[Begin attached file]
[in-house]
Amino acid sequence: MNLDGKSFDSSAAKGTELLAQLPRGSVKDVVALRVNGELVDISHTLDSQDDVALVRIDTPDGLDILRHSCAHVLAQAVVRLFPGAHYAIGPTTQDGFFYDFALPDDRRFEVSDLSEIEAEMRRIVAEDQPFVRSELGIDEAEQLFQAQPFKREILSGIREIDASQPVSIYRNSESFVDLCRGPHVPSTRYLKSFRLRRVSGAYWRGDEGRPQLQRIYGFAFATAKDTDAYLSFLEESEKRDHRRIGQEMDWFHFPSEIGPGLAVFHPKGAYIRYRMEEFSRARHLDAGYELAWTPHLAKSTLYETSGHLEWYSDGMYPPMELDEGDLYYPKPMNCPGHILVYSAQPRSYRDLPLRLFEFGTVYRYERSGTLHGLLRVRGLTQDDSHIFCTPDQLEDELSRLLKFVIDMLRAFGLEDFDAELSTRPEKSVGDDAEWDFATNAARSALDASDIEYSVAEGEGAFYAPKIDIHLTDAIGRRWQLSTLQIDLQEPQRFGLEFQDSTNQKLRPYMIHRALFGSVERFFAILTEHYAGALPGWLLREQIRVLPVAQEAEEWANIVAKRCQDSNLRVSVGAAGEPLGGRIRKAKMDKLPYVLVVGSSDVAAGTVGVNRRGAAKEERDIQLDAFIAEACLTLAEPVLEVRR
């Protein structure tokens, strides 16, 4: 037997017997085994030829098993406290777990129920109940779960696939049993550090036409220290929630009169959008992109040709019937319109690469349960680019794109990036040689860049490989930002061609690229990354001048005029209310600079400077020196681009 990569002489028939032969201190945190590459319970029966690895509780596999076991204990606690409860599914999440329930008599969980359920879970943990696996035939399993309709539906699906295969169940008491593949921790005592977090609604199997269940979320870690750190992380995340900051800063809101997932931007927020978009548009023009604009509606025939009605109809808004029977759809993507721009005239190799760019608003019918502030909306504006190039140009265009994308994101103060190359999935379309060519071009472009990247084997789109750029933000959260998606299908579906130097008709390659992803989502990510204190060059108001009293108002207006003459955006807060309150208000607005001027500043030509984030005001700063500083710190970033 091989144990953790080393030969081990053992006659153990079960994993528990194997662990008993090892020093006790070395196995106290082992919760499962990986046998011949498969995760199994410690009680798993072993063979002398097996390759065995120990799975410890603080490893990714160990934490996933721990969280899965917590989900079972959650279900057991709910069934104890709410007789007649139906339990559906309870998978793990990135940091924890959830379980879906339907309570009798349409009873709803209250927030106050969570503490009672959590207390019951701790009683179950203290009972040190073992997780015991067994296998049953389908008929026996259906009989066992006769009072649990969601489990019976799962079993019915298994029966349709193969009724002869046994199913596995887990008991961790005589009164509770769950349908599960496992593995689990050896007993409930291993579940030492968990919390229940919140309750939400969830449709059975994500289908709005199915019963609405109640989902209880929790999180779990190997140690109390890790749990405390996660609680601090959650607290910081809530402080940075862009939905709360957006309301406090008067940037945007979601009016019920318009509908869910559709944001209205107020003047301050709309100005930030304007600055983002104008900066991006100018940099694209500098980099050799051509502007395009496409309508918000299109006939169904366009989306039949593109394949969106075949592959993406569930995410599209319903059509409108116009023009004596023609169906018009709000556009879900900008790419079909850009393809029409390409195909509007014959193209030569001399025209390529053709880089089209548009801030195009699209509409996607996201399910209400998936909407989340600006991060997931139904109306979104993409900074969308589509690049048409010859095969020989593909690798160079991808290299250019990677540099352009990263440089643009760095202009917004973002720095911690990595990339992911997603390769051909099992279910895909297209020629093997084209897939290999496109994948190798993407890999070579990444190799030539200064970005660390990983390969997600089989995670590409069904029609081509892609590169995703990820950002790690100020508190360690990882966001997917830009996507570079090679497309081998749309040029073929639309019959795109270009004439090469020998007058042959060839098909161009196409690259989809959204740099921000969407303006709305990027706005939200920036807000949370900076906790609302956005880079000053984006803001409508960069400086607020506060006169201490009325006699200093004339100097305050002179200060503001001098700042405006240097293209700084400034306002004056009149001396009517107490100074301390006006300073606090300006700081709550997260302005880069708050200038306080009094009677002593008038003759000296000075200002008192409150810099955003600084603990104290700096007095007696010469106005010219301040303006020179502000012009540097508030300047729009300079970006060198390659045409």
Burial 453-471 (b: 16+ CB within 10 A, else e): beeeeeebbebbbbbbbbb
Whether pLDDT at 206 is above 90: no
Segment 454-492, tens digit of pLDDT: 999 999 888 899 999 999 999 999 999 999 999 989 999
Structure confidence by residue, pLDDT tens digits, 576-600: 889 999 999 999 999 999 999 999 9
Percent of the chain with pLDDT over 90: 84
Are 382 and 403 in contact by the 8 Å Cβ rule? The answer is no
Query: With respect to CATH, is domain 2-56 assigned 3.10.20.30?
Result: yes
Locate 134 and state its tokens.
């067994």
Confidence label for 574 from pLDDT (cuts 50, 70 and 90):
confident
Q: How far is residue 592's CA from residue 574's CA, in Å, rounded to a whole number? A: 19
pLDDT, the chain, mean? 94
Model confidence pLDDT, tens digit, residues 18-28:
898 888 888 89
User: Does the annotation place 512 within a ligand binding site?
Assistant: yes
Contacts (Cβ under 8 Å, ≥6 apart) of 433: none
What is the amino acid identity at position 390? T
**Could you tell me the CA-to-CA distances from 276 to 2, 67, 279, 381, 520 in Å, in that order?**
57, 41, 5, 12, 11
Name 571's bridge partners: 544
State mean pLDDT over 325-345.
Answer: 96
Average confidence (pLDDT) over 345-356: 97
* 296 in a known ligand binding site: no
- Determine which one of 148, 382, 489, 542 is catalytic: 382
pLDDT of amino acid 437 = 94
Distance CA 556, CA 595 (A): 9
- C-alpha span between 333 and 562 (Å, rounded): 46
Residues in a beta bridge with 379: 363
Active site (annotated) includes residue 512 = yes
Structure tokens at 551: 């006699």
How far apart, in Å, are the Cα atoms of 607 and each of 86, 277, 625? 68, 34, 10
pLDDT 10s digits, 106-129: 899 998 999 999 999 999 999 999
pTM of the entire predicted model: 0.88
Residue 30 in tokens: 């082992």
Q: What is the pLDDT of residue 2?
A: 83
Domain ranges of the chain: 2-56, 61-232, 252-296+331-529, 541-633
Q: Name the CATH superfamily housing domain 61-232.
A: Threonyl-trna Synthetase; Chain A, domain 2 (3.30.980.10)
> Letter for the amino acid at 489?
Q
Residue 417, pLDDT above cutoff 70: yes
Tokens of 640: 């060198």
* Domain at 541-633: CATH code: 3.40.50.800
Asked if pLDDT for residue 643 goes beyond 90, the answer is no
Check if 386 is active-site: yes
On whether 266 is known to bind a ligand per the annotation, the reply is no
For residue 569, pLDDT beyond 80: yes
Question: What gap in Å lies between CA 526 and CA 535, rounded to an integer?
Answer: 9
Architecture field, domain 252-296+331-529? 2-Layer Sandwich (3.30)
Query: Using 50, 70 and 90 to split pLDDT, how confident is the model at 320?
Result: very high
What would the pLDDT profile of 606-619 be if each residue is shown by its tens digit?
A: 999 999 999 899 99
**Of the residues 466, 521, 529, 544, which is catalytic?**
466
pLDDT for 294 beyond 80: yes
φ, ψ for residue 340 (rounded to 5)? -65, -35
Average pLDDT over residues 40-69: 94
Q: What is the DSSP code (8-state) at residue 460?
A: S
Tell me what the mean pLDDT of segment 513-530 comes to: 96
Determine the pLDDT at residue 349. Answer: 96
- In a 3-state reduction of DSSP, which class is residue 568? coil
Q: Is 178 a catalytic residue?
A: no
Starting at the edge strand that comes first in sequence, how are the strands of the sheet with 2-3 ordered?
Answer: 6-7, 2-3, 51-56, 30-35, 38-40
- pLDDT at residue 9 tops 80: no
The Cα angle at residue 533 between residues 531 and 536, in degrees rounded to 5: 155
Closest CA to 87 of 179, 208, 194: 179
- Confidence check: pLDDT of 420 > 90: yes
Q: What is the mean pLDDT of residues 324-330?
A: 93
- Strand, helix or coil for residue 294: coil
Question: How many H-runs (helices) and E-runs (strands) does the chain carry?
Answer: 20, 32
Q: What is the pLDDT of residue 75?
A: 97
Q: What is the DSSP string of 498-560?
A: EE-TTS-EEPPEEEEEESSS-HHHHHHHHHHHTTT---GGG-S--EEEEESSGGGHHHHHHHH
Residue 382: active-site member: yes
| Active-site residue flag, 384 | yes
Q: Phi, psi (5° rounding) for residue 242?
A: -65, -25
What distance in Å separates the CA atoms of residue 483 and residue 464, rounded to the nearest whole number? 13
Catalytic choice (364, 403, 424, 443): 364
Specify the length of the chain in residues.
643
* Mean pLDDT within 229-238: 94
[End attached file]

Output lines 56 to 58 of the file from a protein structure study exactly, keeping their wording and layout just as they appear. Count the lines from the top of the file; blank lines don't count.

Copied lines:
Question: What gap in Å lies between CA 526 and CA 535, rounded to an integer?
Answer: 9
Architecture field, domain 252-296+331-529? 2-Layer Sandwich (3.30)